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Rombertik is CarbonGrabber with a sting in the tail for cheapskates 

May 15, 2015 04:58 PM

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Rombertik is a Trojan horse that’s been making apocalyptic headlines of late. All the column inches generated were mainly due to reports suggesting that the malware is specifically targeting security researchers by “trashing the user’s computer if it detects it’s being analyzed.”

This, of course, sounds like a doomsday scenario for security researchers like us so we took a closer look at this threat to see what all the fuss was about. What we discovered is that Rombertik is not actually targeting security researchers at all. Instead, the destructive payload is a rather crude and buggy implementation of a draconian digital rights protection mechanism designed to prevent unlicensed use. Intrigued? Let’s find out more.

Rombertik is actually a newer version of an underground crimeware kit known as Carbon FormGrabber or Carbon Grabber for short (detected by Symantec as Infostealer.Retgate). It was created by a commercial criminal enterprise. The product is sold on underground forums to cybercriminals who don’t have the skills to create their own malware.

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Figure 1. An earlier version of Carbon Grabber (aka Rombertik) advertised for sale on a forum

The problem for those providing Carbon Grabber through the underground business model is that they encounter the same issues of piracy and unauthorized use as any normal commercial software business does. So what is the malware provider to do?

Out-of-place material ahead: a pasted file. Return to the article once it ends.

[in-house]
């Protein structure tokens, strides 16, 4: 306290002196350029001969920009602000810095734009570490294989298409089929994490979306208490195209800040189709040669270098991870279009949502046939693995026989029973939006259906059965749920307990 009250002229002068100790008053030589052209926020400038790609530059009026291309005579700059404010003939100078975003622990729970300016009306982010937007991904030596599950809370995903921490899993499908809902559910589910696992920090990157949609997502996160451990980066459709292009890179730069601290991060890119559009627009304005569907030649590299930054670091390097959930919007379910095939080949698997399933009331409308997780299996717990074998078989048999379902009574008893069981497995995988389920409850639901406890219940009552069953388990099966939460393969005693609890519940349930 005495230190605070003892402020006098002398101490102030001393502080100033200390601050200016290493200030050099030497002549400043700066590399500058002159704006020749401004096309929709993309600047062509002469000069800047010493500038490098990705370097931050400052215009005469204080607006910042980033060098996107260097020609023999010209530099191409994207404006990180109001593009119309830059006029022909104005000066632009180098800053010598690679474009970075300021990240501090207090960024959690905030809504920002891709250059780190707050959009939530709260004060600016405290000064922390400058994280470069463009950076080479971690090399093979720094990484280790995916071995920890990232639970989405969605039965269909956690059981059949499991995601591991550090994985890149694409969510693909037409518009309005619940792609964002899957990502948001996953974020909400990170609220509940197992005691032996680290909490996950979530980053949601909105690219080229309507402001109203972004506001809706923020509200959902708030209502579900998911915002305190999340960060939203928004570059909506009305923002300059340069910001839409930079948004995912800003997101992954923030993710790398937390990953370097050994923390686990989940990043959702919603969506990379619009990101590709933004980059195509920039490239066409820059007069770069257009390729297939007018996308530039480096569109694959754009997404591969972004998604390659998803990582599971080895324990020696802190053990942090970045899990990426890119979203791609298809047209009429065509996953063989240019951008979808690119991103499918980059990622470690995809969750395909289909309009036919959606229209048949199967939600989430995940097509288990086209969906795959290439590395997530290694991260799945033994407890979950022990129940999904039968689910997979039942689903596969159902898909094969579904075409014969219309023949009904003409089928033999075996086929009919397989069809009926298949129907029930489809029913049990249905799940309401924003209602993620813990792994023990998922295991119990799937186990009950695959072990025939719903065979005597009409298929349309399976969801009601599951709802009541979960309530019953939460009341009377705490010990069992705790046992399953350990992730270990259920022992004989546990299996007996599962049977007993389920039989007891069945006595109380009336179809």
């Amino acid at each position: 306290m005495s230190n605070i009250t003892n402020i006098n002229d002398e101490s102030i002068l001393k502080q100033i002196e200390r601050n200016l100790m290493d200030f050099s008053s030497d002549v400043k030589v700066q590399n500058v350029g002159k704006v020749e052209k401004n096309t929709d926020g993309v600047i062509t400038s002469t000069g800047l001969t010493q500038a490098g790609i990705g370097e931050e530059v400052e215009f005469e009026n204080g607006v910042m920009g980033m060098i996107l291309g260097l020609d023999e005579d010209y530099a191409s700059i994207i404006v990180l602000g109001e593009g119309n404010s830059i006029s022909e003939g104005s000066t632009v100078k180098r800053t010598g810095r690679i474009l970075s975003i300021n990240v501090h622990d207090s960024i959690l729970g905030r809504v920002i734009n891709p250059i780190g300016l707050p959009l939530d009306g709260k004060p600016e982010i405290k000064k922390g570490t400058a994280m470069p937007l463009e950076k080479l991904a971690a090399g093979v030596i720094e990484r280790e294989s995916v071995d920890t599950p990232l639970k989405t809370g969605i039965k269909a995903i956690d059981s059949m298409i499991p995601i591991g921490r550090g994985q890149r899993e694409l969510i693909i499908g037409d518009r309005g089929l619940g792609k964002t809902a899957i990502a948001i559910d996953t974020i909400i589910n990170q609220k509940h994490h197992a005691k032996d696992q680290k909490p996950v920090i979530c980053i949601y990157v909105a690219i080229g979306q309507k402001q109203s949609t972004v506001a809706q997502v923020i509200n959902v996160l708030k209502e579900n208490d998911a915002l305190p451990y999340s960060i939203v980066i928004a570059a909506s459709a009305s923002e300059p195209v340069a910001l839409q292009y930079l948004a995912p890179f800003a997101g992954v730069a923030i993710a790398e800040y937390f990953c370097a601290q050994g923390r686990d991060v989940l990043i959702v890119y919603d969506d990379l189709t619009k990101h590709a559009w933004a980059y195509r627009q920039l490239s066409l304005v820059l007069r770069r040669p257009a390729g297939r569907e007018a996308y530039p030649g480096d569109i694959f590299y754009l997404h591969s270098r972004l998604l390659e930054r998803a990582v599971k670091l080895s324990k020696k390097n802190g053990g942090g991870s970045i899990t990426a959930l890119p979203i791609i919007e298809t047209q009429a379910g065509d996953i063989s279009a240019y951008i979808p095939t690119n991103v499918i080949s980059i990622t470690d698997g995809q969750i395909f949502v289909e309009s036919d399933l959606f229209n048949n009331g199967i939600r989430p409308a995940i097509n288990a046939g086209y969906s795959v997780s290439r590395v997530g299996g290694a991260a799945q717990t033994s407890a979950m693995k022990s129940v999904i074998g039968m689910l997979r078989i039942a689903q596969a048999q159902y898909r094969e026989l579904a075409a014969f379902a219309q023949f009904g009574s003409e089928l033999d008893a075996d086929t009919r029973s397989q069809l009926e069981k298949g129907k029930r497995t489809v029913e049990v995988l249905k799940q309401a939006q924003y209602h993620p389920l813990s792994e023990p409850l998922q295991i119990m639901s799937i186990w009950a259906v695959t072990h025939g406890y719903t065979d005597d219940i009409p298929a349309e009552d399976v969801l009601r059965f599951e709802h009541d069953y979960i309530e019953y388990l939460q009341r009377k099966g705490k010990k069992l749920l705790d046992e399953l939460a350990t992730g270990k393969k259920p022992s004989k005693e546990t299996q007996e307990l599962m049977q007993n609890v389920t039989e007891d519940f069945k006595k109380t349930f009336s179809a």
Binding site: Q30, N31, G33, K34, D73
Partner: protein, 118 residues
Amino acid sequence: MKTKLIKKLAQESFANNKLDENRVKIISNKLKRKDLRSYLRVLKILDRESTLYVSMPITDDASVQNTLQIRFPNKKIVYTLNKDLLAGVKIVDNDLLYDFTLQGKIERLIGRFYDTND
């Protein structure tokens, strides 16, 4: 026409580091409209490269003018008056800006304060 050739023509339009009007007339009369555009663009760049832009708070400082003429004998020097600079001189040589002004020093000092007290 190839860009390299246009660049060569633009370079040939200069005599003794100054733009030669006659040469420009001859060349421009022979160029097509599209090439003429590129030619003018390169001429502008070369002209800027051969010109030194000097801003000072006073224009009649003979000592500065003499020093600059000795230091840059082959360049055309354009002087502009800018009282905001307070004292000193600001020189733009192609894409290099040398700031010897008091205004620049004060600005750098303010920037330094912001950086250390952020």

Legitimate software vendors often add protection mechanisms that prevent the software from being used without a license, but that’s usually the extent of the “damage” caused to digital pirates. In the cybercrime world, things are a bit more cut throat.

The primary purpose of Carbon Grabber is to steal information and provide back door access to a compromised computer. The destructive routines contained in this new version of Carbon Grabber can wipe the Master Boot Record (MBR) and encrypt most file types on the compromised computer. When the destructive routine is completed, it renders the computer unusable and can potentially cause an irrecoverable loss of data.

Much of the discourse has been about the destructive routines and their implied effects on the computers compromised by it, but the destructive functionality is not something that regular customers of Carbon Grabber have access to. Instead, this code is set up to only spring its trap if the Trojan detects that a user is trying to tamper with its code to make it do something it wasn’t licensed to do. Let’s take a closer look at how this nasty surprise can be triggered.